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ISLAMABAD: Serious reservations against the recently-announced package for agriculture sector and subsidy for concessional electricity for export-oriented sectors prompted the International Monetary Fund (IMF) to seek a reversal of both decisions by or compensate through new tax measures (mini-budget), well-informed sources in Finance Division told Business Recorder.

These tough measures will be discussed during talks on the IMF’s Ninth Review scheduled to start soon.

The government recently announced a financial package of Rs 1800 billion for farmers and supply of electricity to five export-oriented sectors at Rs 19.99/ kWh the cost of which has been estimated to be Rs 110 billion.

“Reverse or compensate with new tax measures the losses of recently introduced measures (agricultural subsidies, exporter subsidies and power sector delays),” sources quoted IMF as saying.

The government has also been barred from introducing new tax concessions or exemptions or other preferential tax treatment or any new tax amnesty.

According to sources, under the Ninth Review the government has to resume needed consolidation, after significant slippages in FY 22, to meet the primary surplus target of 0.3 per cent of GDP in FY 23.

In this regard there is a need for clear understanding on all new spending plans for FY 23, including the ones needed to respond to the floods. There is also a need for agreement on compensatory fiscal measures to meet program targets, either through reprioritization of spending or new tax measures.

The Seventh and Eighth review included contingency revenue measures which could be triggered in case of revenue shortfall for even one month.

On fiscal side, the sources said, for strengthening revenue base and bringing the tax-to-GDP revenue to at least 11 percent, the government has to catch up on the delayed October PDL adjustment and stay on track on all committed subsequent increases to generate revenue of one per cent of GDP.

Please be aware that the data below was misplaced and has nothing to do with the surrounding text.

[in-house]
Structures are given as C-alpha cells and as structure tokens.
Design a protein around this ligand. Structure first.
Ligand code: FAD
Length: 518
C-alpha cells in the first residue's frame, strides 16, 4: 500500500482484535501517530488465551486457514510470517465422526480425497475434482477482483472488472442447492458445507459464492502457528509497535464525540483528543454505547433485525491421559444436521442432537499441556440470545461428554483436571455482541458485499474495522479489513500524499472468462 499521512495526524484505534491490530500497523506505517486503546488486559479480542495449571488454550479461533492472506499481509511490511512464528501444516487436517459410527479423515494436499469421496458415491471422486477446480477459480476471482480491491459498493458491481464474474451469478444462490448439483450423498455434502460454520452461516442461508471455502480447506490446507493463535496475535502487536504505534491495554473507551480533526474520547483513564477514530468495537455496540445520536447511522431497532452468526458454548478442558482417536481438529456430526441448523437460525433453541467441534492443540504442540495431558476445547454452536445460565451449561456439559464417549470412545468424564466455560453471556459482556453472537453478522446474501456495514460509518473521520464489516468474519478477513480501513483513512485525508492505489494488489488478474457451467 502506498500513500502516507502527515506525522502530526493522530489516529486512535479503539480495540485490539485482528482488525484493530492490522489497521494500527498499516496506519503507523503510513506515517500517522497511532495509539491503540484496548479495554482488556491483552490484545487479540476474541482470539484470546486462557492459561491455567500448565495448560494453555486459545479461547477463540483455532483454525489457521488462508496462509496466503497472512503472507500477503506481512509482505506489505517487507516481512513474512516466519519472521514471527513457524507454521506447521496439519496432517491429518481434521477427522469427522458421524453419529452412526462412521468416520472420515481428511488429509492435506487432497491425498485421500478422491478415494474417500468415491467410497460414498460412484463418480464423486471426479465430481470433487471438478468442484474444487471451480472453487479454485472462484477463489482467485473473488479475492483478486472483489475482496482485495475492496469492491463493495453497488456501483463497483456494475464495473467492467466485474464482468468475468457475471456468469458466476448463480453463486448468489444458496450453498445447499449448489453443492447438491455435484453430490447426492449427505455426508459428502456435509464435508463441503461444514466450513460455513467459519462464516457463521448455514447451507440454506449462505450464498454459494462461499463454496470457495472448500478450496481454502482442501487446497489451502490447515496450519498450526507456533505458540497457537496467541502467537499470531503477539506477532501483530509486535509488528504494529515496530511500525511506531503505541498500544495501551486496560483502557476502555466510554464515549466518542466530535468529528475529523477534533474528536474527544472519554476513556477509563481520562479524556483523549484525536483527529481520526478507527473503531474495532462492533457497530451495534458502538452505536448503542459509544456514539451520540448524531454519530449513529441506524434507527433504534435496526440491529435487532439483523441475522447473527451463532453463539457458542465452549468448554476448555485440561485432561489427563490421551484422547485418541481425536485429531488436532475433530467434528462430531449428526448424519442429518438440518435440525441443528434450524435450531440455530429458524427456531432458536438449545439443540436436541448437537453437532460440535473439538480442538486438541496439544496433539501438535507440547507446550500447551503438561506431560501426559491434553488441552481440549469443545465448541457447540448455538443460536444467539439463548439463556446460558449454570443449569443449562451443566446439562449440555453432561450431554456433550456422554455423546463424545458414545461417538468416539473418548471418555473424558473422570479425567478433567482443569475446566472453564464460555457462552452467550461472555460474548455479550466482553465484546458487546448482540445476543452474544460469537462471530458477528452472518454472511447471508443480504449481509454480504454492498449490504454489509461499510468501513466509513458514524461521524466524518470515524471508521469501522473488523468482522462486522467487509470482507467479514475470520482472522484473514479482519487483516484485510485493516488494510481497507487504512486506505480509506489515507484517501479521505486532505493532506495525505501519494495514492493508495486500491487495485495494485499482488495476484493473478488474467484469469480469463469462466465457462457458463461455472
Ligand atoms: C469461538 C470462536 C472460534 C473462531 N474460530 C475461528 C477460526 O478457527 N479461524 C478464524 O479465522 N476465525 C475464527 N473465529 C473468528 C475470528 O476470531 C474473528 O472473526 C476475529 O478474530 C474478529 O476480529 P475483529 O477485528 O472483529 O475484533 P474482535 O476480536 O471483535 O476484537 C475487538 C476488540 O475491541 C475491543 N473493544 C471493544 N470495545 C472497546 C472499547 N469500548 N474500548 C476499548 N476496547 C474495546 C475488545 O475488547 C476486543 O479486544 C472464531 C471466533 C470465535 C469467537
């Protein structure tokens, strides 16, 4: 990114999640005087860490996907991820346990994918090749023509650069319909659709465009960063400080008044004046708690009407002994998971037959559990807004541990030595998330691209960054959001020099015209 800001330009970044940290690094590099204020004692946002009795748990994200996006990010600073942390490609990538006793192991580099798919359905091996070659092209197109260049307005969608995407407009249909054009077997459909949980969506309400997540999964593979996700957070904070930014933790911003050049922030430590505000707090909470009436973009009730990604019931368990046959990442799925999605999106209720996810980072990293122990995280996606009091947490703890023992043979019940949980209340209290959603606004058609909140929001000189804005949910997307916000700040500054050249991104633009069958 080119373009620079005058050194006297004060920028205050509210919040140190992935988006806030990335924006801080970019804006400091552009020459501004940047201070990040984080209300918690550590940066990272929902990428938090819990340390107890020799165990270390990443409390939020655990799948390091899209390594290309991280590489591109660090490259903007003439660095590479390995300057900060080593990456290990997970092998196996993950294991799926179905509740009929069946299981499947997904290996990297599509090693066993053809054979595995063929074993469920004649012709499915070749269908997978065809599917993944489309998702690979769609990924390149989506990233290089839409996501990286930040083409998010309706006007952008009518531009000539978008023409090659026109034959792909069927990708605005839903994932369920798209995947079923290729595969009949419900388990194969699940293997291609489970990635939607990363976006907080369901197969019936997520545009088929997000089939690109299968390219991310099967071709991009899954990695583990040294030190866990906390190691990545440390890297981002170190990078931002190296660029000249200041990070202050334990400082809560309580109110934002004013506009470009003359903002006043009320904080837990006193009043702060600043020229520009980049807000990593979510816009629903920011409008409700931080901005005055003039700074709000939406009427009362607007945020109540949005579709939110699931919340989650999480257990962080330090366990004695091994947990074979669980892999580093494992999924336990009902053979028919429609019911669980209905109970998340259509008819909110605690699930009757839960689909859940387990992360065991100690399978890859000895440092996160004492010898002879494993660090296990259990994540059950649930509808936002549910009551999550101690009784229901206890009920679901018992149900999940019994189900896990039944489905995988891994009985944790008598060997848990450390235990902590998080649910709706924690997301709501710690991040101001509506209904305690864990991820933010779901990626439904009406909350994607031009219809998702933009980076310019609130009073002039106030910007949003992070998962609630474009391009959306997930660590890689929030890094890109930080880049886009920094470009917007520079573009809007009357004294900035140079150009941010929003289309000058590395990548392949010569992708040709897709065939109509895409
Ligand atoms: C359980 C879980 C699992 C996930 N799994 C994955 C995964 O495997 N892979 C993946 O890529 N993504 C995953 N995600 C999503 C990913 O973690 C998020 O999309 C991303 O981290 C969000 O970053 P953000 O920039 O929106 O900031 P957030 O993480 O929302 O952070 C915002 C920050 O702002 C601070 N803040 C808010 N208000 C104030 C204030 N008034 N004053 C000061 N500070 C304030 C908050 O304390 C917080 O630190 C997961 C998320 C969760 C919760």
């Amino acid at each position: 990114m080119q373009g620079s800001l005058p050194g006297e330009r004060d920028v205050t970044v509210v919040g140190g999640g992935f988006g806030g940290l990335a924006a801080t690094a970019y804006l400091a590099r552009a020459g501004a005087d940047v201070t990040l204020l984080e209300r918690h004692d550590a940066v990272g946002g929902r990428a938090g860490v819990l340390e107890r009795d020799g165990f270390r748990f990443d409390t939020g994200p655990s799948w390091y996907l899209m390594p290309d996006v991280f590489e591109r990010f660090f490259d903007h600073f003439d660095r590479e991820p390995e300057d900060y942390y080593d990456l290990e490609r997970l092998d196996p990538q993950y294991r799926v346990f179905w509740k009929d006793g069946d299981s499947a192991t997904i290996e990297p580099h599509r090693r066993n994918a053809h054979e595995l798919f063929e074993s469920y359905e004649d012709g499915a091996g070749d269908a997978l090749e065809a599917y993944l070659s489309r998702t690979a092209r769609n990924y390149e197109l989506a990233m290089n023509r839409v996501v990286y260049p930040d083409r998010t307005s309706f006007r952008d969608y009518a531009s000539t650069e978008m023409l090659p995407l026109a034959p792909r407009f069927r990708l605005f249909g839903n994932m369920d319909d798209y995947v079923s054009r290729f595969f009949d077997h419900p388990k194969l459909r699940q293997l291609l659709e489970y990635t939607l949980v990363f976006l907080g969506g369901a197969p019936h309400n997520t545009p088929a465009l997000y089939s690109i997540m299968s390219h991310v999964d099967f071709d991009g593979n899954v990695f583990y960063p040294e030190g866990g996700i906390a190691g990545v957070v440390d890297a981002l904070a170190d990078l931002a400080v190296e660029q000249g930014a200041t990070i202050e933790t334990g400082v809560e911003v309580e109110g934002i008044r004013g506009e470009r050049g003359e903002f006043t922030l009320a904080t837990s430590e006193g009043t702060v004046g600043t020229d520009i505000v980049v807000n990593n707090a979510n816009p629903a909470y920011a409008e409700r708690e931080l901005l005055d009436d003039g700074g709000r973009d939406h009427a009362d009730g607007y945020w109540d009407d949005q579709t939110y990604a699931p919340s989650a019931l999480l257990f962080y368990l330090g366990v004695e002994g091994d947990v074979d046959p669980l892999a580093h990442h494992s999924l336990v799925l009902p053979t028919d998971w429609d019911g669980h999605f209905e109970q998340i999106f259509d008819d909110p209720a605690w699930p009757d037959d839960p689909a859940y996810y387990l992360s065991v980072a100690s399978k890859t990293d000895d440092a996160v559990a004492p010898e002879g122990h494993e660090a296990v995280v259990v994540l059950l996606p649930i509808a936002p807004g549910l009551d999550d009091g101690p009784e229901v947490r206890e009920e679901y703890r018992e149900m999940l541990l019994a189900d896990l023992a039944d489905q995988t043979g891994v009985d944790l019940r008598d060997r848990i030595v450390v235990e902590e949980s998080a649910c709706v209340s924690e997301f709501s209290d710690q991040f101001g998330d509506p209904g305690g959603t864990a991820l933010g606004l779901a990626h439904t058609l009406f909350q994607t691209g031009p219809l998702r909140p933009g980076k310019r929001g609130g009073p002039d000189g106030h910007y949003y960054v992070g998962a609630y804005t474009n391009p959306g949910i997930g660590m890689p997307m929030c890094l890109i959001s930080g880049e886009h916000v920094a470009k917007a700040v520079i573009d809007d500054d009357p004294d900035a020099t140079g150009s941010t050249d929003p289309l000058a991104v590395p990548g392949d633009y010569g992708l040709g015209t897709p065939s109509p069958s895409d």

For protection of social spending, IMF has asked the government to expand the number of BISP families to 9 million and undertake a cost of living adjustment to the BISP Kafalat program.

Export-oriented sectors to get power at an all-inclusive rate of Rs19.99 per unit

According to sources, the IMF has further urged the government to strengthen energy sector viability by timely implementation of electricity tariff increases (both quarterly adjustments and monthly FCAs).

The Fund, sources maintained, has also asked the government to seek Cabinet approval of FY 23 Circular Debt Management Plan (CDMP), to guide a sustainable reduction in circular debt accumulation as agreed with the World Bank (WB), Asian Development Bank (ADB) and IMF.

“There must be no introduction of any new subsidies for electricity, and a commitment not to fiscalize power sector arrears, without agreement with the Fund,” the sources added.

On monetary side, the sources said, the IMF maintains that real policy rates are significantly negative (the highest among Middle East and Central Asia (MCD) countries) and further monetary tightening is needed to bring inflation down (policy rate is 15 per cent against headline inflation of 23 per cent and core inflation of 14.5 per cent).